Oct. 30 (Bloomberg) -- Central European Media Enterprises Ltd. shares had their biggest drop in almost 13 years and bond yields surged to an 18-month high as the broadcaster said it may fail to meet debt obligations without additional funding.
The stock plunged 55 percent to $2.76 by 12:40 p.m. in New York, the worst intraday retreat since December 2000, with share turnover at more than 20 times the three-month daily average. Yields on the euro-denominated notes due September 2016 jumped 418 basis points, or 4.18 percentage points, to 13.84 percent.
The operator of TV channels partially owned by Time Warner Inc. is evaluating options including debt and equity financing and asset sales to help service its liabilities and fund operations, the Bermuda-registered company said in a statement today. It cut its full-year forecasts after the third-quarter operating earnings swung to a loss, according to the statement.
“We expect rating agencies to cut the debt rating and we also expect a share issue with a dilution effect on existing shareholders,” Pavel Ryska, an analyst at J&T Banka AS in Prague, wrote in report to clients today. “We consider the results negative for shares and bonds.”
The company’s secondary listing in Prague fell 51 percent to 56.75 koruna, with traded volume about 26-times average.
The operating loss before depreciation and amortization, or Oibda, for the three months ended Sept. 30 was $32.4 million, after income of $3.5 million a year earlier, the company said. Net revenue fell 3 percent to $135.8 million in the period.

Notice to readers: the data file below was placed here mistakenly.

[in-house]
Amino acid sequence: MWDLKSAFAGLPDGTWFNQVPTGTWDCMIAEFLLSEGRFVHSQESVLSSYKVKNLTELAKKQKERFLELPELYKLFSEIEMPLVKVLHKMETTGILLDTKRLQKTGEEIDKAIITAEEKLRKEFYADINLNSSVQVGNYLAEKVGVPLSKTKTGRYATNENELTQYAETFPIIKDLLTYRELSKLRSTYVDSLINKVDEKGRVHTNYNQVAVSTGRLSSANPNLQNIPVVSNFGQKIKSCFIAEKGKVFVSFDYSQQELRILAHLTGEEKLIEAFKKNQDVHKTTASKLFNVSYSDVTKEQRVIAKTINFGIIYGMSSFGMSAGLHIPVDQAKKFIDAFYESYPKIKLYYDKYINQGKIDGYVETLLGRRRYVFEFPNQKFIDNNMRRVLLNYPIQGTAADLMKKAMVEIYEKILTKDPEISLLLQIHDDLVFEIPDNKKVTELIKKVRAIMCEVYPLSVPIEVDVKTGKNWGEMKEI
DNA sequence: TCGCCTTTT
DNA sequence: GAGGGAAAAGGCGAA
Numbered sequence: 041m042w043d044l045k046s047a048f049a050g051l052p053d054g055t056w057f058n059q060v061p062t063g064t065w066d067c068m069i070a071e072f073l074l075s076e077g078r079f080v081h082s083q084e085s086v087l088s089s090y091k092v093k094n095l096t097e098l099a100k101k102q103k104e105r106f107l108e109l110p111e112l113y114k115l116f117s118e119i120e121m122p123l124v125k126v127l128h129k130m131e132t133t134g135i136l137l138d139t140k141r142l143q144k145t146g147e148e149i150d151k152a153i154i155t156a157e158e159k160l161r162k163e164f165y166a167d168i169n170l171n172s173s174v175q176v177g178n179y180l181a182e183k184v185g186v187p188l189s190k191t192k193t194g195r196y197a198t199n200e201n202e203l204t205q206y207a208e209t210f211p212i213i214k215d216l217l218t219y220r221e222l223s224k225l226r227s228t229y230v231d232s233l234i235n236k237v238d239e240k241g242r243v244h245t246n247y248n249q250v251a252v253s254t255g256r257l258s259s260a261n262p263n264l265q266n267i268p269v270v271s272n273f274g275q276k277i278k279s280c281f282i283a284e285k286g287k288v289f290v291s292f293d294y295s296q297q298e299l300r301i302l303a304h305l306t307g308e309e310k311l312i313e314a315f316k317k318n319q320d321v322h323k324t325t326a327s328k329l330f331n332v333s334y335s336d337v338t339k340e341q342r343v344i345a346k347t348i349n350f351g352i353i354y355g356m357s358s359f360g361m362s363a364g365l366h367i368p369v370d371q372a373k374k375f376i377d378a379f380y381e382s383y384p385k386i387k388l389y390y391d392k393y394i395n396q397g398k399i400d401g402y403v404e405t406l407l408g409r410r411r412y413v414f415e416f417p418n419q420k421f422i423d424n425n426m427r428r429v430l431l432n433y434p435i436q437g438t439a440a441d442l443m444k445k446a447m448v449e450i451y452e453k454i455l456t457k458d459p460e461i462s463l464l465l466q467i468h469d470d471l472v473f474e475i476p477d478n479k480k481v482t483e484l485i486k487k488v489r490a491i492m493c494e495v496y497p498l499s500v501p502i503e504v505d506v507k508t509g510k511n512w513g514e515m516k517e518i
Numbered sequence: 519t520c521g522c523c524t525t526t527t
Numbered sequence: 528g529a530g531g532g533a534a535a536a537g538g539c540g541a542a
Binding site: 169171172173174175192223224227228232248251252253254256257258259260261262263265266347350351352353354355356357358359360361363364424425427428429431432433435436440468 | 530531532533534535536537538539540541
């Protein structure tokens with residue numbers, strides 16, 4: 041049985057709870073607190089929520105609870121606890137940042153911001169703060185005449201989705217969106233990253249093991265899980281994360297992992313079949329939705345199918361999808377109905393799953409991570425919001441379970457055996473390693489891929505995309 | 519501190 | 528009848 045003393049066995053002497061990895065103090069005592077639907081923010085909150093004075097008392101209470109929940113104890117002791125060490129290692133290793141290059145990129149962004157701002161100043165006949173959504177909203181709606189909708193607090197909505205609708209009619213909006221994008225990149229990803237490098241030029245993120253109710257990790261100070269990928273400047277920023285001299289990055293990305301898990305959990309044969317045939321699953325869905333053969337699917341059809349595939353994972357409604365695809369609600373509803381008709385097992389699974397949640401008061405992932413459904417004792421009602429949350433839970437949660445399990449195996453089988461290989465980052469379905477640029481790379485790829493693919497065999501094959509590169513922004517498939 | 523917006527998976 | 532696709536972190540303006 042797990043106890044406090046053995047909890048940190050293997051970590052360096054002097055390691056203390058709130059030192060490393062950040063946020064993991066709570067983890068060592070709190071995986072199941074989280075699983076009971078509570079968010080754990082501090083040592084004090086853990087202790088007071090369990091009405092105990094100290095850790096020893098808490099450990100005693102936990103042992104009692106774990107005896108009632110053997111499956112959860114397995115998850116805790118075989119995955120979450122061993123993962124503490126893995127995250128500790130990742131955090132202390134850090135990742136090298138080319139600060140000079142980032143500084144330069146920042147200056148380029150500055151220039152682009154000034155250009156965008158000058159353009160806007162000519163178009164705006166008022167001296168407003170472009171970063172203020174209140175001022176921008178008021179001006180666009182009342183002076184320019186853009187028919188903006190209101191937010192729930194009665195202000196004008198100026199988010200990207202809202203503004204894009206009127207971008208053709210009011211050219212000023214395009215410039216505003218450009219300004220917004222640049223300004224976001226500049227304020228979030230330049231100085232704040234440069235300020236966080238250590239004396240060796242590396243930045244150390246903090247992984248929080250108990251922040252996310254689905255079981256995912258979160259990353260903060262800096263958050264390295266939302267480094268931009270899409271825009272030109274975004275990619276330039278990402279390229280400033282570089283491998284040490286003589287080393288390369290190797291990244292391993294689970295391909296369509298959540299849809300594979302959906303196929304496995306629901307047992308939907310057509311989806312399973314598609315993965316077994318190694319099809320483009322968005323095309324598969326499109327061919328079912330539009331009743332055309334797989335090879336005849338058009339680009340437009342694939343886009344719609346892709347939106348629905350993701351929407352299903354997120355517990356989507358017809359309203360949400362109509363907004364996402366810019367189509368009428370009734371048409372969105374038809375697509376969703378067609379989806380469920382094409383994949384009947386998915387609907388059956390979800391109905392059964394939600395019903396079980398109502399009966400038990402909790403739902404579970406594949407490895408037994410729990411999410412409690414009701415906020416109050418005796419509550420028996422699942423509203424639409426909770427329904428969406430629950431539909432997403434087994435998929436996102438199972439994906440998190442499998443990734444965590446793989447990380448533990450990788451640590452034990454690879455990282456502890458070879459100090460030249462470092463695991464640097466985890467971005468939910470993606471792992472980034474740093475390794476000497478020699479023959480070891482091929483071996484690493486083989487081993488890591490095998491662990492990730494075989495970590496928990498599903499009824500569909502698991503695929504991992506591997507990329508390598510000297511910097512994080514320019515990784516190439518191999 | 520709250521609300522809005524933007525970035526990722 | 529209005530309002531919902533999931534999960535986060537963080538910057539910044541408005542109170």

CME, as the company is known, now expects a full-year Oibda loss of $40 million to $30 million and revenue between $640 million and $650 million. It also said it is in talks with Time Warner on a possible capital transaction to boost its liquidity.
“If we are unable to secure additional financing, we will be unable to meet our debt-service obligations and generally fund our operations sometime within the next 12 months,” the company said in the earnings statement.
Moody’s Investors Service downgraded CME’s bond rating Caa1, seven notches below investment grade, from B3 on Sept. 10 after the company cut its 2013 Oibda target to between $50 million and $70 million from $100 million to $120 million.
CME will need a financial injection in the first quarter of 2014 at the latest, most likely through a rights issue to Time Warner, according to J&T’s Ryska.
A share sale would probably be priced below the current market level, Josef Nemy, an analyst at Komercni Banka AS in Prague, wrote in a report to clients today.
“We will have to significantly reduce our estimates” for CME’s performance after “very weak earnings and a shocking guidance revision,” Nemy said.
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